Growlers sort of make a temporary comeback as B.C. government looks to help a battered service industry

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      The British Columbia brewing industry, and those who enjoy drinking their beer from growlers as opposed to cans and bottles, have just received some good news from the provincial government.

      The British Columbia provincial health officer has given the green light to breweries to sell growlers to customers who’ve purchased a meal. The temporary authorization is good until June 6, 2021.

      To help slow down the transmission of COVID-19, British Columbia halted the sale of draught beer in growlers on July 13, 2020. B.C. brewers were allowed to sell draught to those drinking on site, although COVID-19 protocols drastically reduced the numbers of patrons allowed.

      Breweries have been asking for the right to sell growlers again ever since last July’s ban.

      The decision to allow growler sales for the next two months is tied to the provincial health officer’s recently imposed ban on indoor service at restaurants and pubs. That decision was made in an attempt to slow down a province-wide rise in COVID-19 infections. Patio service—for those lucky to have patios—is still being allowed, as is take out, and delivery service.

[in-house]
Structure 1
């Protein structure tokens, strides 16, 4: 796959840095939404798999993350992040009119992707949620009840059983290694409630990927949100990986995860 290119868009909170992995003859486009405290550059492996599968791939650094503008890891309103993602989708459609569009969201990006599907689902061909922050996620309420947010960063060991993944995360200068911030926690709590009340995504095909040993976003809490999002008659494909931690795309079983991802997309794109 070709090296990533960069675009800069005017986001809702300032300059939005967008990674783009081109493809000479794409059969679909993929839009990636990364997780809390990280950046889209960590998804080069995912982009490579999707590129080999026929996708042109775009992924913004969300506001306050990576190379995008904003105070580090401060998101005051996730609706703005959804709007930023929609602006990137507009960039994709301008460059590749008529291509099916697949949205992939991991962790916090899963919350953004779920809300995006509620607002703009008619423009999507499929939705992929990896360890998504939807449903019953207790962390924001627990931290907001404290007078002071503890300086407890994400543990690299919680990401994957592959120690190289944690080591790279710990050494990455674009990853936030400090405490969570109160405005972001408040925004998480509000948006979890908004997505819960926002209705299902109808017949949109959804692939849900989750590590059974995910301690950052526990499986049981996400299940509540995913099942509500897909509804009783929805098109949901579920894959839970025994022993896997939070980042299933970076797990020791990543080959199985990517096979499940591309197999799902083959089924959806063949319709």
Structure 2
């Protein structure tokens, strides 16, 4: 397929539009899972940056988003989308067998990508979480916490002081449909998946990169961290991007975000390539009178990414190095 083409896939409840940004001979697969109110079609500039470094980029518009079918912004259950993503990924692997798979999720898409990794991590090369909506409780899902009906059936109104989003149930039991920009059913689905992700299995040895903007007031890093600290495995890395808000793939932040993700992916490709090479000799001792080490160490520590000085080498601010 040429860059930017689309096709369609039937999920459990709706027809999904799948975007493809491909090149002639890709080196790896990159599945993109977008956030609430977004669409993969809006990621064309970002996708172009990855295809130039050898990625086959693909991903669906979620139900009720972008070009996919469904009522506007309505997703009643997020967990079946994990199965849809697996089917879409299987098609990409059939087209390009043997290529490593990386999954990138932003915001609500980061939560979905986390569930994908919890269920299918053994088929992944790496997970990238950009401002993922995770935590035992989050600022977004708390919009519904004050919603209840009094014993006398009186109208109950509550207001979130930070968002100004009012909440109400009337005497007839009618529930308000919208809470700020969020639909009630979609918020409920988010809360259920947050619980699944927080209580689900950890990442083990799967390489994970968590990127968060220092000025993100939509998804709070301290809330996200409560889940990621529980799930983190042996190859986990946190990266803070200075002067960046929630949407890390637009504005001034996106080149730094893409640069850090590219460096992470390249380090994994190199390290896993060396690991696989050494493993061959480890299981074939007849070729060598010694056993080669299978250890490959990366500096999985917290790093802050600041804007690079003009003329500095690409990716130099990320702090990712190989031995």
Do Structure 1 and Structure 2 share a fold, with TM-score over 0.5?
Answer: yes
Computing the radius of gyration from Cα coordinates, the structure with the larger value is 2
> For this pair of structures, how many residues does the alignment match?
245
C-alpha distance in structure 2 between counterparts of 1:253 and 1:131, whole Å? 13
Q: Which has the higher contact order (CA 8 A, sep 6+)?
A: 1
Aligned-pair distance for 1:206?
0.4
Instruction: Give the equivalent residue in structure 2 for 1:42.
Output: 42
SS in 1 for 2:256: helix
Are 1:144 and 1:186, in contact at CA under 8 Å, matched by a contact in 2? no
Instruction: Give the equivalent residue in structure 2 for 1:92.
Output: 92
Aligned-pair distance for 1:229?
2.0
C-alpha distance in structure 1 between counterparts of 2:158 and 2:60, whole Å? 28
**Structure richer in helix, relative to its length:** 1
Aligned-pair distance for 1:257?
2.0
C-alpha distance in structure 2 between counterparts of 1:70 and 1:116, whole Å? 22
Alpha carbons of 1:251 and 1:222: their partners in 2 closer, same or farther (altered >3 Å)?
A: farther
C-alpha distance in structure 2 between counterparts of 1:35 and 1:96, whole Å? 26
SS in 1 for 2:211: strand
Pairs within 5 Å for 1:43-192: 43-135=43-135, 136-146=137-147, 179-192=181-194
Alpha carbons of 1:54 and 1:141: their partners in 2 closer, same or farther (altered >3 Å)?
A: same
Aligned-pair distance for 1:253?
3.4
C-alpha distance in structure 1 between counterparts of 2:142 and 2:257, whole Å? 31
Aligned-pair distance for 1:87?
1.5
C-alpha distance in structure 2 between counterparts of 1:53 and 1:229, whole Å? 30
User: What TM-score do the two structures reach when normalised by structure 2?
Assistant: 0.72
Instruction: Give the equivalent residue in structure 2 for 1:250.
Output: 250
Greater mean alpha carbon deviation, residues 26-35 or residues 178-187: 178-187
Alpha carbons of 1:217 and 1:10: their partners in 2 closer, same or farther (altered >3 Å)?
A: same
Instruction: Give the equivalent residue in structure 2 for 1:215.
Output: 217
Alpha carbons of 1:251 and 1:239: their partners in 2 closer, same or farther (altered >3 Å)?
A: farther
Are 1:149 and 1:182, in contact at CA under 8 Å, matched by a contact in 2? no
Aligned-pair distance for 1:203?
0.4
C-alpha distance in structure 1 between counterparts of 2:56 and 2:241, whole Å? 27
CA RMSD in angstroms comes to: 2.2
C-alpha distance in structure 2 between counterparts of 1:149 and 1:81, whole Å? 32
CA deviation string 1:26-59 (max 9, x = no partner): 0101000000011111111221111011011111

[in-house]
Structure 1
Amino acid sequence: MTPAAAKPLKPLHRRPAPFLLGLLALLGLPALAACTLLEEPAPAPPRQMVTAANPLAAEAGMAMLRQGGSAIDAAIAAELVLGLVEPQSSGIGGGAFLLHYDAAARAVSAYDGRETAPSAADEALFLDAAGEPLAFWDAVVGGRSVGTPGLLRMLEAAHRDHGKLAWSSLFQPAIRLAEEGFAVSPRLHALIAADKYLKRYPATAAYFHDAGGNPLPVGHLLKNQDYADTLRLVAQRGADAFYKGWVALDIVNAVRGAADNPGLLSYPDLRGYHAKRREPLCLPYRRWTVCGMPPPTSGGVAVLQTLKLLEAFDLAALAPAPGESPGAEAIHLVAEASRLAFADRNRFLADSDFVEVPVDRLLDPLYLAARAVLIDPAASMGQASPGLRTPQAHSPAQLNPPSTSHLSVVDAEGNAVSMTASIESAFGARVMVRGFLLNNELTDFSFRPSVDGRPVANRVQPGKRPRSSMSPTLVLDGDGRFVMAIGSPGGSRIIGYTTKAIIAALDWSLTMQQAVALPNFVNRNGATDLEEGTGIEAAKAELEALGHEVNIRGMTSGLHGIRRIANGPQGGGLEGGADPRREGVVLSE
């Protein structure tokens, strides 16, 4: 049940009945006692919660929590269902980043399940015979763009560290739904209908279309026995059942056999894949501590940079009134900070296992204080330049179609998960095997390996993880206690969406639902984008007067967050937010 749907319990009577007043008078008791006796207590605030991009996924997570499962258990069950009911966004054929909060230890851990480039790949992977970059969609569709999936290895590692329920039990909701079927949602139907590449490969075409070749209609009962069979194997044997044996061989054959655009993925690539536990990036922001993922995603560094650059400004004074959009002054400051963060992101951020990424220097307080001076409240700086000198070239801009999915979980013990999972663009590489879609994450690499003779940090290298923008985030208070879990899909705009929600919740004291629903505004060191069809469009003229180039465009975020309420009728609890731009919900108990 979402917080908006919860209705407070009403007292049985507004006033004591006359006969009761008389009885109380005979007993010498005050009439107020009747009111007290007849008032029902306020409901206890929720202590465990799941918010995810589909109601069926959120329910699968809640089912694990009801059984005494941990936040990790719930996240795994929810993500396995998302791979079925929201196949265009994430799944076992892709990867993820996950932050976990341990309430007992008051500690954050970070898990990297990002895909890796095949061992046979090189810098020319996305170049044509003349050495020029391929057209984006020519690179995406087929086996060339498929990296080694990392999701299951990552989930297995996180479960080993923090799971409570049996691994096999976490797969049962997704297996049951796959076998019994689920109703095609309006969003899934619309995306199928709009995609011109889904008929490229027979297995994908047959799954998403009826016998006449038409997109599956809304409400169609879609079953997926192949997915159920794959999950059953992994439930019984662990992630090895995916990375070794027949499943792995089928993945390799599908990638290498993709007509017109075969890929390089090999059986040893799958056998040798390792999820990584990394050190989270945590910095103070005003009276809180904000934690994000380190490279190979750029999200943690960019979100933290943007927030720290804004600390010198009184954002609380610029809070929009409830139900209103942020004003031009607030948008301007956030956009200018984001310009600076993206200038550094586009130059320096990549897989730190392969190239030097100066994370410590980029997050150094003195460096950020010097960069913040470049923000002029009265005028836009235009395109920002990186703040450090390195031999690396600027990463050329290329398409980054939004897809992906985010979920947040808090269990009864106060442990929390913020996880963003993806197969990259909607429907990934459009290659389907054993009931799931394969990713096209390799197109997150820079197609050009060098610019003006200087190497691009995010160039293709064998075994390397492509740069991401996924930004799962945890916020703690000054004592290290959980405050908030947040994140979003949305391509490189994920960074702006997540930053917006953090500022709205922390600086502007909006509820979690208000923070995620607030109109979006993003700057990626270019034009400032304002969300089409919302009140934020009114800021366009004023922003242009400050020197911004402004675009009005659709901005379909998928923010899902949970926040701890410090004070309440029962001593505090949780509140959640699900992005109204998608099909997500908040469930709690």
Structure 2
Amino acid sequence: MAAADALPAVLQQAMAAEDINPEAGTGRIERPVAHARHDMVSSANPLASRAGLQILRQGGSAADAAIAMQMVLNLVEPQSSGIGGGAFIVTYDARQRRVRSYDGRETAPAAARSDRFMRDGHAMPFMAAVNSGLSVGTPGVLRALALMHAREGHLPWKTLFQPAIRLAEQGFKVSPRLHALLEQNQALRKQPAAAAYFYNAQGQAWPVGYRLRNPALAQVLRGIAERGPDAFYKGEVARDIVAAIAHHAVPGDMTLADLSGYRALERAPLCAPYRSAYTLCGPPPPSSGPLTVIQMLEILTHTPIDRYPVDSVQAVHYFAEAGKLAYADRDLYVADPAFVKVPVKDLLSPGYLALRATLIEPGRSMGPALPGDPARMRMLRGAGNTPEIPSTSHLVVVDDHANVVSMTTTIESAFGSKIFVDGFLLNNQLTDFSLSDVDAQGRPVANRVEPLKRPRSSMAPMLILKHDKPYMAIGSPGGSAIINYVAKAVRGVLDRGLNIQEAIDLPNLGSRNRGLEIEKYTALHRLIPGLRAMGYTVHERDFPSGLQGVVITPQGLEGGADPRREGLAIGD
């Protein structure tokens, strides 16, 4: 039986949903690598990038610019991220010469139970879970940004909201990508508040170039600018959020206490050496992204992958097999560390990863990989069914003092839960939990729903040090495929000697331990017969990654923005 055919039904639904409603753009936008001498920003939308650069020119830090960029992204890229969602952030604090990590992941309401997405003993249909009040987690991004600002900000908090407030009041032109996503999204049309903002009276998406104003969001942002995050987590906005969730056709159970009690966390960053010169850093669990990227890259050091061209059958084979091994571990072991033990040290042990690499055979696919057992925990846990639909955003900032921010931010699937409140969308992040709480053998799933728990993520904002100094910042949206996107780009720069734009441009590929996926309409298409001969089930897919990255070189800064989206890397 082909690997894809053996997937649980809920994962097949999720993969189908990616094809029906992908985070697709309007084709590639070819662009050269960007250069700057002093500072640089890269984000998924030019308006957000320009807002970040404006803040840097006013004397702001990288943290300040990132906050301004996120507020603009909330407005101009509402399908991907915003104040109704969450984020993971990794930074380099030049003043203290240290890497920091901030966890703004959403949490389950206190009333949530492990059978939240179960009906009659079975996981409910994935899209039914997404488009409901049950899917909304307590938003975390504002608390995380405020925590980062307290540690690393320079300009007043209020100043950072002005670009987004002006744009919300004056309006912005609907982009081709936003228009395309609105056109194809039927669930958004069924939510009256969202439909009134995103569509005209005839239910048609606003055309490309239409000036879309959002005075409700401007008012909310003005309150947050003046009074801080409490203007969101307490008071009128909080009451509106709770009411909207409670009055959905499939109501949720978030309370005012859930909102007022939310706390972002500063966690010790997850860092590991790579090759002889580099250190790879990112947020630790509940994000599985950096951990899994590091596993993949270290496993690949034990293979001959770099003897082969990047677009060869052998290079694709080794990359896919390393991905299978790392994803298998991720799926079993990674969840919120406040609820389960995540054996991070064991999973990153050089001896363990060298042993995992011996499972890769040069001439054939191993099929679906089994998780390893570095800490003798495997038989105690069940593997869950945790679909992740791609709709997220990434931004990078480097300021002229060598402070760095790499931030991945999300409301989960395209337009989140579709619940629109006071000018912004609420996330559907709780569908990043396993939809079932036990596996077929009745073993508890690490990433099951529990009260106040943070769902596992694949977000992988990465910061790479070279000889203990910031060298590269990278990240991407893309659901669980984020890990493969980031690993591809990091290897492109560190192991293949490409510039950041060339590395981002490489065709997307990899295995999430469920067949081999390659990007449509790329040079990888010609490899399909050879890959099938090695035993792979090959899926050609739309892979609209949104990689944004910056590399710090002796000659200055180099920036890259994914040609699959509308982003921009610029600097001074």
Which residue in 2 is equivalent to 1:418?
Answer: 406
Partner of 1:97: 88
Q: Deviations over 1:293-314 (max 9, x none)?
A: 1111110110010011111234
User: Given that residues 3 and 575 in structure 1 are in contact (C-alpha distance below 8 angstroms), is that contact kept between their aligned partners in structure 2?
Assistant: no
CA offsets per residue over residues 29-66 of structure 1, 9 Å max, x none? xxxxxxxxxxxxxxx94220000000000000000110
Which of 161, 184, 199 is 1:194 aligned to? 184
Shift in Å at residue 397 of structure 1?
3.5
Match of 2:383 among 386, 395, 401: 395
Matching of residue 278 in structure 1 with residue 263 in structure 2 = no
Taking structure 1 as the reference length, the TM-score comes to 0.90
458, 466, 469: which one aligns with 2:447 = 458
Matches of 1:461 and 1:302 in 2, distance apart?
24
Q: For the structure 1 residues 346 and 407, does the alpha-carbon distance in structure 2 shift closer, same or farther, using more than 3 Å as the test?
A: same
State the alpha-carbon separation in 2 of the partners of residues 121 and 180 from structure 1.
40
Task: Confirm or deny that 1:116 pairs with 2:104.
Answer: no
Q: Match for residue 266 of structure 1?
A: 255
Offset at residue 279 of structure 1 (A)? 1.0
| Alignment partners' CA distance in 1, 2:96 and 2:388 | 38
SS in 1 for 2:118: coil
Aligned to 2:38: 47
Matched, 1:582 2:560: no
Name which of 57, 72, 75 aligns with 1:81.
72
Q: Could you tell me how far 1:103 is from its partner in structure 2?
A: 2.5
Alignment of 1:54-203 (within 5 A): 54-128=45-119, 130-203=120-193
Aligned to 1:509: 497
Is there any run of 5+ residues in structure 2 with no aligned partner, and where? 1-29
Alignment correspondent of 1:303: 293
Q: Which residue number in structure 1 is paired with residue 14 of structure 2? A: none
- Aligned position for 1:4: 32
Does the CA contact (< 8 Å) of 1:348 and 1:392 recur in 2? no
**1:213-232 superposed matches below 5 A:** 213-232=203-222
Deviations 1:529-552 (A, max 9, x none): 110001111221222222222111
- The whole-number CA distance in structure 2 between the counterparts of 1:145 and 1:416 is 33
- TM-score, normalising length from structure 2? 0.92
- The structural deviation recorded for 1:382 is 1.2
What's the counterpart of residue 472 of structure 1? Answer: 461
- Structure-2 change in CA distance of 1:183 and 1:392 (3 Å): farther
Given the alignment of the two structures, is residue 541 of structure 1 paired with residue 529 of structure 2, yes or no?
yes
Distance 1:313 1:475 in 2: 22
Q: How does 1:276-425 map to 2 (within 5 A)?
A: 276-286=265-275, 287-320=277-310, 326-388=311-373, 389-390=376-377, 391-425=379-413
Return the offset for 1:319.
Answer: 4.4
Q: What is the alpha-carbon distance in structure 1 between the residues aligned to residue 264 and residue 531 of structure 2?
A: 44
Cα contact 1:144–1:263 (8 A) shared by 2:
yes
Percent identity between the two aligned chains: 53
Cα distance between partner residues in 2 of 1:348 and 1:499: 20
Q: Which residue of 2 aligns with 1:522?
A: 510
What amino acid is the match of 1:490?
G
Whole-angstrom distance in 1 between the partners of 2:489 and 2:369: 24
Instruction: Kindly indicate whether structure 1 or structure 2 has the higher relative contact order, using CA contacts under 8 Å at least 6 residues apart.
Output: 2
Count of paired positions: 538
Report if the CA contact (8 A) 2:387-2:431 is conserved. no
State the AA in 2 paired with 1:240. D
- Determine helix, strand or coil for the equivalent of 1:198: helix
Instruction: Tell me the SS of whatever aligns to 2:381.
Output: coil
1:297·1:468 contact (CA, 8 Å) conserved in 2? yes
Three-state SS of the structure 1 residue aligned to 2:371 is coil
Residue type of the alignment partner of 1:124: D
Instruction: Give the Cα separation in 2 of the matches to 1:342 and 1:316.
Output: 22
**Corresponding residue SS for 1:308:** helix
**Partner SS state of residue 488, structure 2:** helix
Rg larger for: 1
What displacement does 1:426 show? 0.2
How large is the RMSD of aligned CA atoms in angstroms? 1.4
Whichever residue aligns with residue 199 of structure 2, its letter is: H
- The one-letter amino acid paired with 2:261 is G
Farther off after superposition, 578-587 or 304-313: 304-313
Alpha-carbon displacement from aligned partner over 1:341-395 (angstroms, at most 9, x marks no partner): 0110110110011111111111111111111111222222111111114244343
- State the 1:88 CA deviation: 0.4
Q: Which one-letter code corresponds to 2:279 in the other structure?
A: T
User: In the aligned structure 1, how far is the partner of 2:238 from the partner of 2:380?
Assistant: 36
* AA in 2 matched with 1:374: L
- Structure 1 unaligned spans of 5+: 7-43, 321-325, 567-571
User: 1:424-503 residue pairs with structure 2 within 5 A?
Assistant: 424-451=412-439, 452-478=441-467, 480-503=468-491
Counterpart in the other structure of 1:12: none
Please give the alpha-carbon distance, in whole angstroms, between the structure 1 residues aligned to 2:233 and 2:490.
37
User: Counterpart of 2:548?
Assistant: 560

Before you get all excited and start hauling your growlers out of the cupboard, the shoe closet, or the garage, beer is only allowed to be sold in new vessels. And the guidelines don't stop there. 

      In an email to the Straight, provincial officials outlined things as follows: 

      Only growlers and bombers of the following volumes may be used. This is consistent with the restrictions which apply to Manufacturers selling growlers and bombers:

      • 500 ml
      • 0.95 L (32 US fl oz)
      • 1 L
      • 1.89 L (64 US fl oz)
      • 2 L
      • 3.79 L (US fl oz)
      • 4 L

      A return to growler sales, even if they are only new ones, is seen as helping to reduce the chances of breweries having to dump beer that might spoil. Sales will also help generate revenue, offsetting losses caused by the ban on indoor service.

      In a press release, Minister of Public Safety and Solicitor General Mike Farnsworth said that the past year has been a tough one for the food and beverage sector. 

      "We continue to work closely with industry representatives to be nimble and find ways to support the many restaurants, pubs and other establishments,” he said.. “I also want to extend my appreciation to the businesses that are adhering to the PHO orders and helping to keep British Columbians safe as we navigate this new wave of COVID-19 cases.”

      The great news in this? You can once again justify that extra beer or three at happy hour on the grounds that the more you open the growler and pour, the flatter the beer starts to become. And, as the provincial health officer has noted, that last thing anyone wants is wasted beer.